In a wide-ranging talk covering topics like AE and IORP II, he stated that the move to master trust funds and other plans all comes down to communication, a common theme throughout the summit.
“The competition for member engagement is more serious, and it’s really Netflix, YouTube, Facebook, and TikTok,” he said. “There’s a competition for people’s time, attention, and headspace.”
“If you think about these platforms and how hyper-personalised they are, and how good they are at drawing people in and grabbing their attention, that’s the sort of competition you have when you’re trying to communicate pensions to people.”
Following up was David Boylan, retirement programme manager at Intel Ireland, who gave a case study on how the organisation boosted membership of its pension scheme.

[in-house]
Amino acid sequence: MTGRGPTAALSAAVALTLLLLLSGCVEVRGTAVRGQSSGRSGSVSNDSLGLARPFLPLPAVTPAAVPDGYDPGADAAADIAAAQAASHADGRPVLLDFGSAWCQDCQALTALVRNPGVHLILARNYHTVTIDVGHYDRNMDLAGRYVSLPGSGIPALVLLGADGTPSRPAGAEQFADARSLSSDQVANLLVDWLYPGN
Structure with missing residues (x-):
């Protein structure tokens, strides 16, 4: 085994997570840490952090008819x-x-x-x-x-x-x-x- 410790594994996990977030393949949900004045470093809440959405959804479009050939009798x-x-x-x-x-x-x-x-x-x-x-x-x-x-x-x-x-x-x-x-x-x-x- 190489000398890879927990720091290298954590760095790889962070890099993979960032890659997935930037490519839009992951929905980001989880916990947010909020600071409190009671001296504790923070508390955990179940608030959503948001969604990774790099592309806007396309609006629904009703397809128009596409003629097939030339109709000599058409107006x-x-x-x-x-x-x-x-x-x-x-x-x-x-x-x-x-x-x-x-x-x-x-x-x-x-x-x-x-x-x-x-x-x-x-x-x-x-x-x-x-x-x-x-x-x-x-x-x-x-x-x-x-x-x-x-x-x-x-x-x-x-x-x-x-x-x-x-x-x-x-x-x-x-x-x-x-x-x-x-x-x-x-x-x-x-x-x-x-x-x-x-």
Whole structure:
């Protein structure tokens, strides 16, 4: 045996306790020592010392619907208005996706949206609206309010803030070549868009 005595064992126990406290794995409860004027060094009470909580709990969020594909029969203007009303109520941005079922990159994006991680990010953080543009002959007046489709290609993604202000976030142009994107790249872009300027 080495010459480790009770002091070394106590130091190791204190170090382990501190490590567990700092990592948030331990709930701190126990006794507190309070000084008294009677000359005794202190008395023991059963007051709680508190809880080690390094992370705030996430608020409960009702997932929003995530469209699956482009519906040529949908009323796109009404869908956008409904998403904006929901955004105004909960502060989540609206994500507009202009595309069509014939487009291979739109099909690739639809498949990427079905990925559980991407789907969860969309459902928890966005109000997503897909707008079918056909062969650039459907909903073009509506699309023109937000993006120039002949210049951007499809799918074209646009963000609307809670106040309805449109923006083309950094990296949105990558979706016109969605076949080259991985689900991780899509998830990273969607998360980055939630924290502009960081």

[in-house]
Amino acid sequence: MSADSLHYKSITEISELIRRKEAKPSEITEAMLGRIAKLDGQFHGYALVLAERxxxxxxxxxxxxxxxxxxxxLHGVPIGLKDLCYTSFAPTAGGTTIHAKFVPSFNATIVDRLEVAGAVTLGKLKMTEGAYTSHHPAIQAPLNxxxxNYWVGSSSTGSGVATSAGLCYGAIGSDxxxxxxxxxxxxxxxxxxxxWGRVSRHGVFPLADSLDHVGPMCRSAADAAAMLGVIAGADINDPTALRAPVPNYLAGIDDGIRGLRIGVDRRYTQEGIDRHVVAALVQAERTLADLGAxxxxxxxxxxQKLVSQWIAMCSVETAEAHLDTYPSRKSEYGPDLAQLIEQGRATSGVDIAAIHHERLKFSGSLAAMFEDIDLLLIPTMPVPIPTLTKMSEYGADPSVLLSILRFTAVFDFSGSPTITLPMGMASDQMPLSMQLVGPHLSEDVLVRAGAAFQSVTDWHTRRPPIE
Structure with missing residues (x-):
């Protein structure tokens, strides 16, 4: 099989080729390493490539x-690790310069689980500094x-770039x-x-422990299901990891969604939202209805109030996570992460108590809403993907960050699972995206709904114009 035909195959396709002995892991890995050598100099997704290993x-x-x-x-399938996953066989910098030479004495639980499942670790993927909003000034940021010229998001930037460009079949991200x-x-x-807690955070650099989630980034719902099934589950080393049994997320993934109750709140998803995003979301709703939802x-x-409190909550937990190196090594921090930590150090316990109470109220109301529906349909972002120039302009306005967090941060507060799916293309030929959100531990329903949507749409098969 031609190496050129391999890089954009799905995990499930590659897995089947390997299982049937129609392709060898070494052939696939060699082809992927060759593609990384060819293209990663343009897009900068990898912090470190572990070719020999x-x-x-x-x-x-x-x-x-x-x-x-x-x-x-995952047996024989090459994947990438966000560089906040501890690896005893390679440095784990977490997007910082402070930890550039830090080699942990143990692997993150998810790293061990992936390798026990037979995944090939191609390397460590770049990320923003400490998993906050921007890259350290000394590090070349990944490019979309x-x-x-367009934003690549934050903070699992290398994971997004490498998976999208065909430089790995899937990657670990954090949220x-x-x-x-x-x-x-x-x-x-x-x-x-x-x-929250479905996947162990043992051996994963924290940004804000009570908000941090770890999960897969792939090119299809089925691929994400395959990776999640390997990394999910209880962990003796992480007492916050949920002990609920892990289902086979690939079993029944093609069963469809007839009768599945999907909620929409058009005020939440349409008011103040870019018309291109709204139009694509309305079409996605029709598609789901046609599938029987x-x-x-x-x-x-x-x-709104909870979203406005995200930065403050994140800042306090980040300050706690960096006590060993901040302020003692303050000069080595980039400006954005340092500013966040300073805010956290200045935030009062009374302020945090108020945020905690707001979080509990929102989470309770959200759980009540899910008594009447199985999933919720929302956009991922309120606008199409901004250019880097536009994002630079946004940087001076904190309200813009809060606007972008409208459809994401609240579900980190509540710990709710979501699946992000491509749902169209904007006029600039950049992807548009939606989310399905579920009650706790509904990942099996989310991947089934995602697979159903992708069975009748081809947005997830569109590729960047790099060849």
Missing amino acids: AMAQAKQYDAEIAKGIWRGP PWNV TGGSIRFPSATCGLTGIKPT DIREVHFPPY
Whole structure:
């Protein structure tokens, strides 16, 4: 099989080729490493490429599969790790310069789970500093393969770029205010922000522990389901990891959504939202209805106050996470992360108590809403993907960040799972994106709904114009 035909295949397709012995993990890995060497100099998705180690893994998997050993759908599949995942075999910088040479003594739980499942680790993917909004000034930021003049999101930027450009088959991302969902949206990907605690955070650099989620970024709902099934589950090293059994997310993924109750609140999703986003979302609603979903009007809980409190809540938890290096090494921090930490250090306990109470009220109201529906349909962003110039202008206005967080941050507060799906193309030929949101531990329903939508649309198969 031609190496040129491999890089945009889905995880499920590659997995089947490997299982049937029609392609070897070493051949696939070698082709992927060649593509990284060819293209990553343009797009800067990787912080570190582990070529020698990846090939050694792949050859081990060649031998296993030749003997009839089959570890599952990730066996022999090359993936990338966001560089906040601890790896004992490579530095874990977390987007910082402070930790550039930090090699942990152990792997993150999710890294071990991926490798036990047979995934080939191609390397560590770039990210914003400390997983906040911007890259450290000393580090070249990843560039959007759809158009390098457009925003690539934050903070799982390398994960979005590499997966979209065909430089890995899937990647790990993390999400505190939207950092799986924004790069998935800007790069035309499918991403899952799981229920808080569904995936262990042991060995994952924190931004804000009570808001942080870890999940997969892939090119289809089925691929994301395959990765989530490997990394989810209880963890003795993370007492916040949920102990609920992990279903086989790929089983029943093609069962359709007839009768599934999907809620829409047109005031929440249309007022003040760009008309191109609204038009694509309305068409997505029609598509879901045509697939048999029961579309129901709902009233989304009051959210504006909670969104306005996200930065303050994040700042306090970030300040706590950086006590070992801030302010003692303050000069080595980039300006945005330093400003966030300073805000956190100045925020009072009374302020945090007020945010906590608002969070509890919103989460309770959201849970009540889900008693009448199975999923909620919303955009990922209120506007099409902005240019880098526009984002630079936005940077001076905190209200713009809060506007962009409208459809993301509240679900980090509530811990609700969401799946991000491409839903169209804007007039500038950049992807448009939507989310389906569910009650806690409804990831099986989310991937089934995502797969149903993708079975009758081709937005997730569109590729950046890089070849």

Boylan also highlighted the importance of engagement and communication, stating that the pension plan starts on day one for every new employee. He emphasised the number of ways the company interacts with its workers, the core of which is reducing the mental burden placed on workers to absorb information.
The result is that most of its workers’ queries are resolved within nine business hours.
This led to the day’s first panel session, which examined AE and bridged the knowledge gap.
It featured James Skehan, a retirement planning (RPA) lecturer with LIA; Fiona Mullally, head of client services for Pension & Risk at Irish Life; Paul Torsney, Head of Trustee Services at Law Debenture Pension Trustees Ireland; and Laura Farrell, CEO of the Retirement Planning Council of Ireland (RPCI).
The theme of education continued throughout, with Skehan mentioning one problem with AE: there doesn’t seem to be any outlet for advice. Coverage isn’t enough, and people will need the information to know what they’re getting.